After a half hour drive I am driven into a western compound and to my villa which will be my home for the duration of my work tour in Saudi.  As I walk through the foyer I am pleasantly surprised to see that I have been assigned a luxurious home, with plush carpets and marble floors and premium western furniture.  The home is furnished with a ridiculous level of detail.  There is formal dinnerware in the buffet in the formal dining room and casual dinnerware in the bright modern kitchen.  Every kind of kitchen utensils and appliances fill the drawers and adorn the counters in this home.  Stacks of new linen and kitchen towels sit at the ready.  All manner of cleaning appliances are also on hand.  A large television and VCR are housed within a large console in the living room.  The draperies costs more than my entire wardrobe.



As I walk through the house I find four bedrooms with King sized beds, all made up with bright new linen, tall dressers and side tables and large mirrors everywhere.  Within the four bathrooms I find huge bathtubs and showers, a premium toilet and a bidet!

All I need do is stock my house with food and cleaning supplies and unpack my toothbrush!  And go to work!

For those of you who may be interested in what my house looked like, someone has filmed the house I lived in on U-Tube.  Here's the link:

I am employed under one of the most secure employment contracts available in Saudi Arabia.  I have been hired as a Supply Manager under the U.S. governments Foreign Military Sales Program.  I was assigned to the Saudi Air Force Headquarters and am being paid to assist the Saudi government in procuring aircraft supplies in support of the Saudi owned F-5 and F-15 fighters.  This is a multi-billion dollar program which enriches the pockets of Boeing and McDonnell Douglas and Northrop and Lockheed Martin and a host of other U.S. Defense companies.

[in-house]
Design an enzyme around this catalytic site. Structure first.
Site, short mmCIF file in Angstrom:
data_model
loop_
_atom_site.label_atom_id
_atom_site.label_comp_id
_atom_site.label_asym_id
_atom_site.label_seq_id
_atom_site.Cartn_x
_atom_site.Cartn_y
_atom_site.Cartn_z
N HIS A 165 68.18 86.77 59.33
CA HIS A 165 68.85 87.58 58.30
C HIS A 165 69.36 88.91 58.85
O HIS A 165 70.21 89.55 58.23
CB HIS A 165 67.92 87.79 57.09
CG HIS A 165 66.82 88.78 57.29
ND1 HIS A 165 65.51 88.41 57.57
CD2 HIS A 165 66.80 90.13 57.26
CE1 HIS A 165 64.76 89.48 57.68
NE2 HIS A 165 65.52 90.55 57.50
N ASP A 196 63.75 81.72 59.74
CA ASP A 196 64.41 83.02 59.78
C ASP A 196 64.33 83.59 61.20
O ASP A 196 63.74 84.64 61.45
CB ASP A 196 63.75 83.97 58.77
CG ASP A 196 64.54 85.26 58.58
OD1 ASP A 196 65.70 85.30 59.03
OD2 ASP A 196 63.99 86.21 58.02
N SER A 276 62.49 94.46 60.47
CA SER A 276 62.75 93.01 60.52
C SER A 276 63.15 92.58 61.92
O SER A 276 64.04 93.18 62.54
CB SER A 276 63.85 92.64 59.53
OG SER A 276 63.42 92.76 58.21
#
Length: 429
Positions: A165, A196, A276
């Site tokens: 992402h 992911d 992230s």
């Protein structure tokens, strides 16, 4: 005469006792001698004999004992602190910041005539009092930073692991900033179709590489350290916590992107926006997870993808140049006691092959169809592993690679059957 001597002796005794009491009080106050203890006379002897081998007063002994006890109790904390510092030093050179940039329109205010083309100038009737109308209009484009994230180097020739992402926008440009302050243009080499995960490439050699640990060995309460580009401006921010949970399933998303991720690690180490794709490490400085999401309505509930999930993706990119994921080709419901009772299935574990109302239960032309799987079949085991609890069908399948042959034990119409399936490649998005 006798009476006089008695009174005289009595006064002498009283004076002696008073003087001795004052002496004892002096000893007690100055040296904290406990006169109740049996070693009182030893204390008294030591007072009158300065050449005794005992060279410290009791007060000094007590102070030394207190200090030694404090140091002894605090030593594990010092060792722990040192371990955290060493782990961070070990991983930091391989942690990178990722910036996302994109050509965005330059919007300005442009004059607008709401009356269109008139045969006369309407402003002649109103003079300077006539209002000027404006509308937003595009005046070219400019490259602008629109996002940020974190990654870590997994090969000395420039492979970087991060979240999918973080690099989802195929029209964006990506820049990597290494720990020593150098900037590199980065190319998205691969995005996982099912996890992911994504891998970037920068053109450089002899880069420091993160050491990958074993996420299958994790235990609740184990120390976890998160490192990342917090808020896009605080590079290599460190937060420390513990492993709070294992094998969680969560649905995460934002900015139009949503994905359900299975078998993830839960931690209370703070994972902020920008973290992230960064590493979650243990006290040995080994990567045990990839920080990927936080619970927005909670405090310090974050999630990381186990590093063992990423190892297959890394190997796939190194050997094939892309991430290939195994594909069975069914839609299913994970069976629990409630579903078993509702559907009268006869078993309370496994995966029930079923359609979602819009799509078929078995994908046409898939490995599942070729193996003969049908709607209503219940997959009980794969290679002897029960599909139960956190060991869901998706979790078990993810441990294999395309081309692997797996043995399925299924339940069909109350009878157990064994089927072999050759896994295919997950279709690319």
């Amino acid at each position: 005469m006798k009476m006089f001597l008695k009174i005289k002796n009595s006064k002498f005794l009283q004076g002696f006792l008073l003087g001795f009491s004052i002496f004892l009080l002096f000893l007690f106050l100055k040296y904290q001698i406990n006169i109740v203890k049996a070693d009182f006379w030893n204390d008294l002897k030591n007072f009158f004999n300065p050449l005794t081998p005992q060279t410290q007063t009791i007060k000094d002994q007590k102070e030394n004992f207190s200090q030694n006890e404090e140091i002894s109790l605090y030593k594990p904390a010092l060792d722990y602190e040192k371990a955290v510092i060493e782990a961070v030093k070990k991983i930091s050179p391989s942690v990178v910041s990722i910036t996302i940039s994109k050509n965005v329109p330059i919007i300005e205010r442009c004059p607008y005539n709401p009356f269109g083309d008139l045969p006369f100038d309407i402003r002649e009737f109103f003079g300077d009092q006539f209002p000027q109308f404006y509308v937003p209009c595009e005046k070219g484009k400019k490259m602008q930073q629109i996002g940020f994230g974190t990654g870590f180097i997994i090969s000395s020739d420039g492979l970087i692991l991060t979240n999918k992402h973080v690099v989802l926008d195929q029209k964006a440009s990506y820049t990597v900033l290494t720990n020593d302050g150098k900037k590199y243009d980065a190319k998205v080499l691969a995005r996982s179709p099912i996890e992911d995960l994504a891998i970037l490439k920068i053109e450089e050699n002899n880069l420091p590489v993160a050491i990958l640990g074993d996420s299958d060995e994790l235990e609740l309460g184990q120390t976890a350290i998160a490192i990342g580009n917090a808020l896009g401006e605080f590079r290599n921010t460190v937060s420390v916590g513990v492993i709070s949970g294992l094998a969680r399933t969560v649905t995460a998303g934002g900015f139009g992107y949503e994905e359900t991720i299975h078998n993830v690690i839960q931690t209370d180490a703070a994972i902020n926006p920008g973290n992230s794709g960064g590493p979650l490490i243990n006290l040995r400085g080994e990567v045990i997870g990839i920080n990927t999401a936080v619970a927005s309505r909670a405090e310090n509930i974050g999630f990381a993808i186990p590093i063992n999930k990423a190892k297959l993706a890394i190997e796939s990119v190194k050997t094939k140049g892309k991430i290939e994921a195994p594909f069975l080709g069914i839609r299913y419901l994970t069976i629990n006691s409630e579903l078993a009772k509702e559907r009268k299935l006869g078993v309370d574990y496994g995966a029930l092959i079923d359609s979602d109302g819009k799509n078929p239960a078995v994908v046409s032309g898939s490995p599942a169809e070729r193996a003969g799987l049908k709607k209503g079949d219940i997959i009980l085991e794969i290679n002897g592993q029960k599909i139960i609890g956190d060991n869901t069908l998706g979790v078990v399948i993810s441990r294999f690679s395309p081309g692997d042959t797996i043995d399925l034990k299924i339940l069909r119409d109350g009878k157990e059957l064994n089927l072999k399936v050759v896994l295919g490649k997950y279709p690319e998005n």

The Saudi work week begins on Saturday and ends on Wednesday (Thursdays are the Saudi Saturday and Fridays are the holy day).  Because I have not been assigned a company car yet, I am driven to work on my first day.  As we drive into downtown Riyadh toward Air Force Headquarters I note hundreds of pickup trucks loaded with family possessions heading out of town.  When I query the driver about this he smiles and says "they are fleeing the Scuds".  Indeed they were.  Thousands of Saudis fled Riyadh for safer regions because Sadaam Hussein had vowed to level Riyadh after having successfully invading and taking over Kuwait.  I later learned that Stormin Norman Scwarzkopf had declared that Iraqi Scud missiles could not possible reach Riyadh.  Apparently the Saudis weren't buying it...and they proved to be right!

(To be continued)


  1. Did the Saudi's build and maintain those houses for you or are the Western compounds built by the various American industries. That was a nice pad.

  2. That's a long story too Ken...but briefly, most of the Saudi princes have their hand in real estate. They build those compounds then have Saudi government officials mandate that expats live in them in each FMS contract. The one in this particular compound was "modest" by some standards. For example, my last home was a 5,000 plus square foot "palace" with five baths, five bedrooms, marble flowing throughout...and all for one person..."me". I understand the lease payments, paid for in the contract, not by me, were well over $100,000 per year per house and all going to further enrich the lower "royals".

    1. An amazing albeit weird way of life I would think. I'm also curious, why are you called an "expat". Do you renounce your citizenship to the US while there?

  3. BTW Ken, you saw no comments from me for the last ten days because I was away to Florida for a Thanksgiving vacation at my daughter's house. Got to get back to work soon on new blogs.

    1. Thanks, of course your missed here. I hope you had a wonderful holiday, we sure did out in sunny Kali.

  4. No, Ken, Expat is short for expatriate, just means a westerner working overseas...and the best part of it is that the first 80k is tax free!